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The Next American Century

March 1, 2005
What made America the leading nation in the world? What one special aspect of the story of this country has captured the imagination and the intentions of millions over the generations?

I think that the most important thread throughout the history of this country has been its creative embrace of the industrial revolution. We've been, for nearly a century and a half, the leading producer economy. We've added more value per capita over time than any country in history. We passed the previous leading manufacturing economy, Great Britain, generations ago and we were the leader in productivity and gross output in nearly all industries until a couple decades ago. Then something called the Asian Invasion started and our leadership position eroded on many industrial fronts.

Once the leader in machine tools, we are now perhaps No. 5. Once the leading steel producer we are now No. 3 or No. 4. Once the leader in electronics production, we now barely make the list. Cars? Well, if you count our Japanese auto plants, we're still No. 1, but watch the 1.4 billion Chinese in the next few years. Now there's nothing wrong with China, India and other countries adding to the world's economic output. In fact, we should applaud these developments. It's not the new competition we should worry about; it's our own technological competitiveness that should concern us. Why are so many unconcerned with the decline in our manufacturing leadership? Whenever that question comes up, there are certain automatic responses. They include: "We can't compete with cheap labor overseas." "Manufacturing is not our thing anymore. We're a Service Economy." "We should level the playing field and slap tariffs on their stuff!" "We would rather be in the movies anyway."

All of these responses have one thing in common: They are all ridiculous ( except maybe the last one). We can compete successfully. Many of us do. Manufacturing is as American as apple pie. We are not entirely a Service Economy. A complete service economy is another way of saying "Third World." Protectionism is the last refuge of economic scoundrels. Movies? Now, that's one American industry that seems to be doing well overseas and in the United States while paying top dollar to its employees.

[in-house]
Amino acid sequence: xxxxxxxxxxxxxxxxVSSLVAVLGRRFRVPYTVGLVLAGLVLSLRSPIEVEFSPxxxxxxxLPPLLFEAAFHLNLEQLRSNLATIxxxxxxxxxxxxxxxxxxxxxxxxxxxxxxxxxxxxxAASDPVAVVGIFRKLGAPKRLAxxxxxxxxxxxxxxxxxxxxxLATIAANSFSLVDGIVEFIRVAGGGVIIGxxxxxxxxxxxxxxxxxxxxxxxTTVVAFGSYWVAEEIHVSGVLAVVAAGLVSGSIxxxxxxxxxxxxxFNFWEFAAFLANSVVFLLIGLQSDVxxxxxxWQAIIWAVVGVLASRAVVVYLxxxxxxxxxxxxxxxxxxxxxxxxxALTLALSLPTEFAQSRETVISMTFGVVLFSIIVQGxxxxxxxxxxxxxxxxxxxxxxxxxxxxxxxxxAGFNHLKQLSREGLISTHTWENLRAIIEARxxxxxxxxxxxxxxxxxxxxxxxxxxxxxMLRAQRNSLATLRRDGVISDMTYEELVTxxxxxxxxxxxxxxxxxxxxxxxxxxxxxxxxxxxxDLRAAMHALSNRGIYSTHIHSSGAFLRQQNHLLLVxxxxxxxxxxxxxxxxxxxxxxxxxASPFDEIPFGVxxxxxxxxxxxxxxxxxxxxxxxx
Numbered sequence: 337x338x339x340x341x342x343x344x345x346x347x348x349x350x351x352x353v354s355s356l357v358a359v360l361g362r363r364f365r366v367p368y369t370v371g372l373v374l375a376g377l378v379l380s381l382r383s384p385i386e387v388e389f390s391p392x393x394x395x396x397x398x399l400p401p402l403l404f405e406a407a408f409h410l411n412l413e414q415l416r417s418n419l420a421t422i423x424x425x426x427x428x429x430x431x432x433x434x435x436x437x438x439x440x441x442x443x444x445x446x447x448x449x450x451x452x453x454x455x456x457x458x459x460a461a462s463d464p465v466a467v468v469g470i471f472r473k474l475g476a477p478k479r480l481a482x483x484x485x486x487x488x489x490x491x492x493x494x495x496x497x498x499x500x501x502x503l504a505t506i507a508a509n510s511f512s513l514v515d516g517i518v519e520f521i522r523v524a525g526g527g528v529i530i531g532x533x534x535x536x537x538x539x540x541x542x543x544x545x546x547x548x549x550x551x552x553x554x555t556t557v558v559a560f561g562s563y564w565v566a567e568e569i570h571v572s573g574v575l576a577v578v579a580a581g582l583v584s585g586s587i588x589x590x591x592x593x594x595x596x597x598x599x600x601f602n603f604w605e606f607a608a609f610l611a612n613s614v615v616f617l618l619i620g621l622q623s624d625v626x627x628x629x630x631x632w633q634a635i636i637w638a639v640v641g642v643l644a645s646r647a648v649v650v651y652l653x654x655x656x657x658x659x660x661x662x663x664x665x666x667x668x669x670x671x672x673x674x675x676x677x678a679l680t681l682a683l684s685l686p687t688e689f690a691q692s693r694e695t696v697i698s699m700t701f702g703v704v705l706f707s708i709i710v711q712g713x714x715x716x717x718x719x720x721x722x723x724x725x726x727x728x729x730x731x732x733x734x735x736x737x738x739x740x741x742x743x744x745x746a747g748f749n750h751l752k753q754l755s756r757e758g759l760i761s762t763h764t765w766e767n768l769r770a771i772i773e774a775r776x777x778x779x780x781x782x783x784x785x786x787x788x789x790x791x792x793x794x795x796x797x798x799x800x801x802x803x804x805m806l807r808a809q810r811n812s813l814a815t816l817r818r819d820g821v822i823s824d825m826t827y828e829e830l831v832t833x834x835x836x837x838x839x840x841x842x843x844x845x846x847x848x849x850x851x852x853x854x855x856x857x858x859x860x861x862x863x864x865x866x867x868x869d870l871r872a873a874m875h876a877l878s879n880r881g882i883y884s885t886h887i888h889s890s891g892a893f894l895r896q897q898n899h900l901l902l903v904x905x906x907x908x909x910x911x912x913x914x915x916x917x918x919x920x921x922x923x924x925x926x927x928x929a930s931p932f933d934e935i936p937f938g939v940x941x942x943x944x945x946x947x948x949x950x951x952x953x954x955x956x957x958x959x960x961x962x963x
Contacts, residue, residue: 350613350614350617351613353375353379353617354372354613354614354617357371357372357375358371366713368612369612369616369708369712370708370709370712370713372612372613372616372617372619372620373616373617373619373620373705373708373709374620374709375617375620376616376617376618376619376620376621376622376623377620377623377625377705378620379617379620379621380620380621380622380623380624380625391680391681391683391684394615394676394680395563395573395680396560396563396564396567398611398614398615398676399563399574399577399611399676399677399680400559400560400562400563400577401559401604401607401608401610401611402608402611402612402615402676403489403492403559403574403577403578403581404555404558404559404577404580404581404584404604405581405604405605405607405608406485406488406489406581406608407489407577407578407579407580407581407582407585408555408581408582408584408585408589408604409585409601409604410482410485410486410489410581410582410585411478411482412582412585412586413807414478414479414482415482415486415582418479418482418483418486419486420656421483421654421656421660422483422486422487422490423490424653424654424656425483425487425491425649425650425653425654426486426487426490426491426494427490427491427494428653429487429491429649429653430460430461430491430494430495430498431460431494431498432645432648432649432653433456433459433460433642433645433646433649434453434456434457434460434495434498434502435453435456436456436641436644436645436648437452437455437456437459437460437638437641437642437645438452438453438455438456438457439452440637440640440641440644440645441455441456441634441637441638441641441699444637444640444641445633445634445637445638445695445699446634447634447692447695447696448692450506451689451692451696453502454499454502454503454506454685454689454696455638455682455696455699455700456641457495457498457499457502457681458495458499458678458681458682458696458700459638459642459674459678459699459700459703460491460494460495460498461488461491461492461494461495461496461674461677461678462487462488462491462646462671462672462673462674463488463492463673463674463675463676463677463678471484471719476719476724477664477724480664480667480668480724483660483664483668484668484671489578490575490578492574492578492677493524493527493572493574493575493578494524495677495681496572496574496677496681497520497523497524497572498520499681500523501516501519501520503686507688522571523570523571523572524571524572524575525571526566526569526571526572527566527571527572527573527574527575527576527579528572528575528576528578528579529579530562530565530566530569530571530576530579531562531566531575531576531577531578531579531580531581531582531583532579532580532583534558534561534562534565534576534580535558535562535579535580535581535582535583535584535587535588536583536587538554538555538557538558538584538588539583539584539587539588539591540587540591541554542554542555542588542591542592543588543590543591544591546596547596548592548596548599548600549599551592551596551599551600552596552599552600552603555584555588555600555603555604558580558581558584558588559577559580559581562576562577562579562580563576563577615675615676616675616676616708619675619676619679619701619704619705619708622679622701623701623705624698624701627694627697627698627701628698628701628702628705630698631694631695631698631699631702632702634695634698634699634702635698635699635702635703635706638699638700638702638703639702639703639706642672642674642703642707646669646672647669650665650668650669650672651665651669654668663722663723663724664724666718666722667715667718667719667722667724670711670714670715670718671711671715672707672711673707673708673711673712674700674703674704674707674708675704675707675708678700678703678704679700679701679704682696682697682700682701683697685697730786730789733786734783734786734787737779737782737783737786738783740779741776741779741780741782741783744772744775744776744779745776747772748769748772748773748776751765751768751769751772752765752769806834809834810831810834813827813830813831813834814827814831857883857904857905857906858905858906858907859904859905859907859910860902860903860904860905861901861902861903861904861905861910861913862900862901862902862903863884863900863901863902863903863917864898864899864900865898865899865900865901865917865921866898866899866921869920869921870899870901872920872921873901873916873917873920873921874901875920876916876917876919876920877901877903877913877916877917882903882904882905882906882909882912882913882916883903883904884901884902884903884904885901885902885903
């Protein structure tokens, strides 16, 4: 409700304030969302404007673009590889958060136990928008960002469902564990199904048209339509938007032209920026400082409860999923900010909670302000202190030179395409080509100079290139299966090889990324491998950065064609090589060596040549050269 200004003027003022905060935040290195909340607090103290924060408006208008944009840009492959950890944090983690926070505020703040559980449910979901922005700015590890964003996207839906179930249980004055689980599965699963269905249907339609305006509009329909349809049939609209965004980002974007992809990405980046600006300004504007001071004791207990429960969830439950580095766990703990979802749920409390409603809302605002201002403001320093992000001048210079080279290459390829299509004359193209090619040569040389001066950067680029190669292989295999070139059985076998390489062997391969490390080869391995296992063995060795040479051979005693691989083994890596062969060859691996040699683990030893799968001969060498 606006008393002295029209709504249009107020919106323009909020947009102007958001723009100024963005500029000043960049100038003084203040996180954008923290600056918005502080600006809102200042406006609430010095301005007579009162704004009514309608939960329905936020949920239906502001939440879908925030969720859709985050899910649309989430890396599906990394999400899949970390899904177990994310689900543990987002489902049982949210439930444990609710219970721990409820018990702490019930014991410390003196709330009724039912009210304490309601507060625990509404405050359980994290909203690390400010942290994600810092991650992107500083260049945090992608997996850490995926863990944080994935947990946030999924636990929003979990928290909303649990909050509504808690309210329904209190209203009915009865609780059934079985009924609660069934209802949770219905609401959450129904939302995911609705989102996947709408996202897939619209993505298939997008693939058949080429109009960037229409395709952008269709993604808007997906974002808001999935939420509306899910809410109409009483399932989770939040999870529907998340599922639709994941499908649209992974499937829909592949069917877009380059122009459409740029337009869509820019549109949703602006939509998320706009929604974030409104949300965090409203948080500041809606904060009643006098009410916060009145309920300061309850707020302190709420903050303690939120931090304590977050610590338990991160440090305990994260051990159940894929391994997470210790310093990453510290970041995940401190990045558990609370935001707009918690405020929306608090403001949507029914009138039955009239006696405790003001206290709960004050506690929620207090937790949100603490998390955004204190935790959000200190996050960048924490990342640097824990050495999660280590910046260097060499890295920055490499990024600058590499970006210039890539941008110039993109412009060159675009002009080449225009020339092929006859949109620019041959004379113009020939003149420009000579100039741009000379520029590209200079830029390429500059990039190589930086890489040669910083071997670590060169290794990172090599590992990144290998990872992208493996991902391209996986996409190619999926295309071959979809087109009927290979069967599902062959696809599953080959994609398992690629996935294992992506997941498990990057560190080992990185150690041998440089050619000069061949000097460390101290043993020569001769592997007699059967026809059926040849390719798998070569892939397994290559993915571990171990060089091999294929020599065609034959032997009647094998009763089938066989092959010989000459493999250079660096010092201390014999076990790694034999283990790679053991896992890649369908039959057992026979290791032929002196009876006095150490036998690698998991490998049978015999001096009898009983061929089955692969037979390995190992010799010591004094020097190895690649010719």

This country and its people have delivered the most astounding and long-lasting period of economic creativity in history over the past century. I don't see any good reasons why we can't claim the 21st Century as another American Century— unless more of us start to believe those ridiculous rationalizations for our decline in various manufacturing sectors.

Consider this: we didn't lead the world in the business of making things by hiring cheap labor. We produced quality products for generations by marshalling the talents of millions of Americans who worked in factories and offices large and small with their hands and their minds. Progress was made over the generations as we all learned how to up our own and our companies' productivity.

NAM's Task Force on the Future of American Innovation has just issued a report titled The Knowledge Economy: Is the United States Losing Its Competitive Edge? The report deals with five major areas of concern: education, the workforce, knowledge creation and new ideas, R&D investment, and the hightech economy.

"The U.S. cannot assume it is safely ahead of the world. Other countries are all trying to race up the technology ladder and stay on top of low-cost producers like China. But even China is rapidly increasing its R&D investments," notes NAM President John Engler.

Simply put, it's not cheap labor nor is it government subsidies nor is it luck that brings leadership to a people in manufacturing. It's creativity and the investment in creativity that brought history's attention to our shores. There's no reason why we can't continue that tradition today.

So what about the movies? There's an industry that seems to do it all well. They make a product based on an enormous amount of creativity and marketing savvy. They sell it all over the world and the market screams for more. They make their numbers and they attract all of the top talent they need. People used to say the same things about our manufacturing companies. Will they ever do so again?

George Weimer